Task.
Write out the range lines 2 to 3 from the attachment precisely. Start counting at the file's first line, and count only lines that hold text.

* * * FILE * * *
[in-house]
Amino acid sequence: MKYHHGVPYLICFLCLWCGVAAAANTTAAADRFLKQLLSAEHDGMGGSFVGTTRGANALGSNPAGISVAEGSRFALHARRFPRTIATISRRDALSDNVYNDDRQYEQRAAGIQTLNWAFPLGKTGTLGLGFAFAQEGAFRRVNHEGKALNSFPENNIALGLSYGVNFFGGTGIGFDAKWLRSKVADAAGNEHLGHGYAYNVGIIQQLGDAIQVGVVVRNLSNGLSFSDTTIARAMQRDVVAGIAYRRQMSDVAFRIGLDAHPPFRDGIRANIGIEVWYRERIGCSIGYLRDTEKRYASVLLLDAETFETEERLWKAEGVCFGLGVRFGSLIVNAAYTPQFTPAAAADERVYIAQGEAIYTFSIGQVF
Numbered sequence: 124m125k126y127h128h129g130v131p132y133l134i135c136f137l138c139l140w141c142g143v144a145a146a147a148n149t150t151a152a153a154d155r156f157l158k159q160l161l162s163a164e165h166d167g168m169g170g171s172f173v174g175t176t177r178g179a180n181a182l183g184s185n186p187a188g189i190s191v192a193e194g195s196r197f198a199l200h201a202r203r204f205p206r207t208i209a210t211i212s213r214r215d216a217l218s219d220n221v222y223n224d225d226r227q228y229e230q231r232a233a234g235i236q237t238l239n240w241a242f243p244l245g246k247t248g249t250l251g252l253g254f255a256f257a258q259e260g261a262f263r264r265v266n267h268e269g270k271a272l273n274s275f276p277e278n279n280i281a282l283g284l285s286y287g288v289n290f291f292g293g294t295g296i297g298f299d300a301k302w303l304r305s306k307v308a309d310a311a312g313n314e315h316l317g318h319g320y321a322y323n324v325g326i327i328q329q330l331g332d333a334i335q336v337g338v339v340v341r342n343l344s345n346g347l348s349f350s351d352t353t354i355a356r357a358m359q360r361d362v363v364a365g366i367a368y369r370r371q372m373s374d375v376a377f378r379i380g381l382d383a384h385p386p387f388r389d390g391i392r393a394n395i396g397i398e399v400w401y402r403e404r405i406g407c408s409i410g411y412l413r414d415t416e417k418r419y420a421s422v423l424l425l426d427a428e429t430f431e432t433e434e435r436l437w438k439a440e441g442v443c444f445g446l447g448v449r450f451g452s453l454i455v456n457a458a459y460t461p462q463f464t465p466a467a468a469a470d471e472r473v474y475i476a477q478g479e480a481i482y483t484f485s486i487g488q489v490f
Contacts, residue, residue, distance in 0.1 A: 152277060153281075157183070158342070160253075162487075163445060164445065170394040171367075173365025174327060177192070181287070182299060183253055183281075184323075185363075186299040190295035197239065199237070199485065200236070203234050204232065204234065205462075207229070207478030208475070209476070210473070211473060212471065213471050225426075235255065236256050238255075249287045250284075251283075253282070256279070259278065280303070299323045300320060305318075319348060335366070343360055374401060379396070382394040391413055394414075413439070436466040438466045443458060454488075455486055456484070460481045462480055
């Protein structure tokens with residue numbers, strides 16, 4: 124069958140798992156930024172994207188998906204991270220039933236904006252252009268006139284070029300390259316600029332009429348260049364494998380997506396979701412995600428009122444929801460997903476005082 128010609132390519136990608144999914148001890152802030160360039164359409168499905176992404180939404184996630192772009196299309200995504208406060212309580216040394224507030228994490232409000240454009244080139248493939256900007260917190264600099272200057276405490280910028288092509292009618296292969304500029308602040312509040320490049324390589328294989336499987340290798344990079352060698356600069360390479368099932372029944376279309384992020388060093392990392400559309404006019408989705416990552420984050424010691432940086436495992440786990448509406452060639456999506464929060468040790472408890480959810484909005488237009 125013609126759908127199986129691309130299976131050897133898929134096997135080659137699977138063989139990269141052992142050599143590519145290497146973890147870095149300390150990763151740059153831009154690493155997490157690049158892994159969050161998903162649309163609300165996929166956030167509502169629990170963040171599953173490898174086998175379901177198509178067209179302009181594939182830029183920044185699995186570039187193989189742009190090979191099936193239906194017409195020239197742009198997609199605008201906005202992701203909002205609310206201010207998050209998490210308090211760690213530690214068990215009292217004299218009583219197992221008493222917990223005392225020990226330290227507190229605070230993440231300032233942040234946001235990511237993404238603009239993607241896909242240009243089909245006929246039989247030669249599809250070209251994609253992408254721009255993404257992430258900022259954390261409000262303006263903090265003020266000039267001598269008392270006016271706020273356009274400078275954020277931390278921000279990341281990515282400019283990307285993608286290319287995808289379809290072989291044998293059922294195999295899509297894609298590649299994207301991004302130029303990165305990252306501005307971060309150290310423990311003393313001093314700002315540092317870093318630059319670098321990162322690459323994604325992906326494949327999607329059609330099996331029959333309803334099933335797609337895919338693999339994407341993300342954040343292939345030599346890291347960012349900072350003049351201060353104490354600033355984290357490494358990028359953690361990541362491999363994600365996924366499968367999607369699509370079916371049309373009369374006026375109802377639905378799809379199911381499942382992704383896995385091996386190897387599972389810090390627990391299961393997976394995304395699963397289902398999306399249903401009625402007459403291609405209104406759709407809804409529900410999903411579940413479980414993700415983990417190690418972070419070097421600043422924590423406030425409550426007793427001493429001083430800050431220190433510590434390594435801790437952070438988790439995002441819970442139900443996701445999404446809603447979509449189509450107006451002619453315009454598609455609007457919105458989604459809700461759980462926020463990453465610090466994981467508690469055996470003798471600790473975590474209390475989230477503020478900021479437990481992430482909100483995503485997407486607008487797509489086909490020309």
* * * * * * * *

Amino acid sequence: MKYHHGVPYLICFLCLWCGVAAAANTTAAADRFLKQLLSAEHDGMGGSFVGTTRGANALGSNPAGISVAEGSRFALHARRFPRTIATISRRDALSDNVYNDDRQYEQRAAGIQTLNWAFPLGKTGTLGLGFAFAQEGAFRRVNHEGKALNSFPENNIALGLSYGVNFFGGTGIGFDAKWLRSKVADAAGNEHLGHGYAYNVGIIQQLGDAIQVGVVVRNLSNGLSFSDTTIARAMQRDVVAGIAYRRQMSDVAFRIGLDAHPPFRDGIRANIGIEVWYRERIGCSIGYLRDTEKRYASVLLLDAETFETEERLWKAEGVCFGLGVRFGSLIVNAAYTPQFTPAAAADERVYIAQGEAIYTFSIGQVF
Numbered sequence: 124m125k126y127h128h129g130v131p132y133l134i135c136f137l138c139l140w141c142g143v144a145a146a147a148n149t150t151a152a153a154d155r156f157l158k159q160l161l162s163a164e165h166d167g168m169g170g171s172f173v174g175t176t177r178g179a180n181a182l183g184s185n186p187a188g189i190s191v192a193e194g195s196r197f198a199l200h201a202r203r204f205p206r207t208i209a210t211i212s213r214r215d216a217l218s219d220n221v222y223n224d225d226r227q228y229e230q231r232a233a234g235i236q237t238l239n240w241a242f243p244l245g246k247t248g249t250l251g252l253g254f255a256f257a258q259e260g261a262f263r264r265v266n267h268e269g270k271a272l273n274s275f276p277e278n279n280i281a282l283g284l285s286y287g288v289n290f291f292g293g294t295g296i297g298f299d300a301k302w303l304r305s306k307v308a309d310a311a312g313n314e315h316l317g318h319g320y321a322y323n324v325g326i327i328q329q330l331g332d333a334i335q336v337g338v339v340v341r342n343l344s345n346g347l348s349f350s351d352t353t354i355a356r357a358m359q360r361d362v363v364a365g366i367a368y369r370r371q372m373s374d375v376a377f378r379i380g381l382d383a384h385p386p387f388r389d390g391i392r393a394n395i396g397i398e399v400w401y402r403e404r405i406g407c408s409i410g411y412l413r414d415t416e417k418r419y420a421s422v423l424l425l426d427a428e429t430f431e432t433e434e435r436l437w438k439a440e441g442v443c444f445g446l447g448v449r450f451g452s453l454i455v456n457a458a459y460t461p462q463f464t465p466a467a468a469a470d471e472r473v474y475i476a477q478g479e480a481i482y483t484f485s486i487g488q489v490f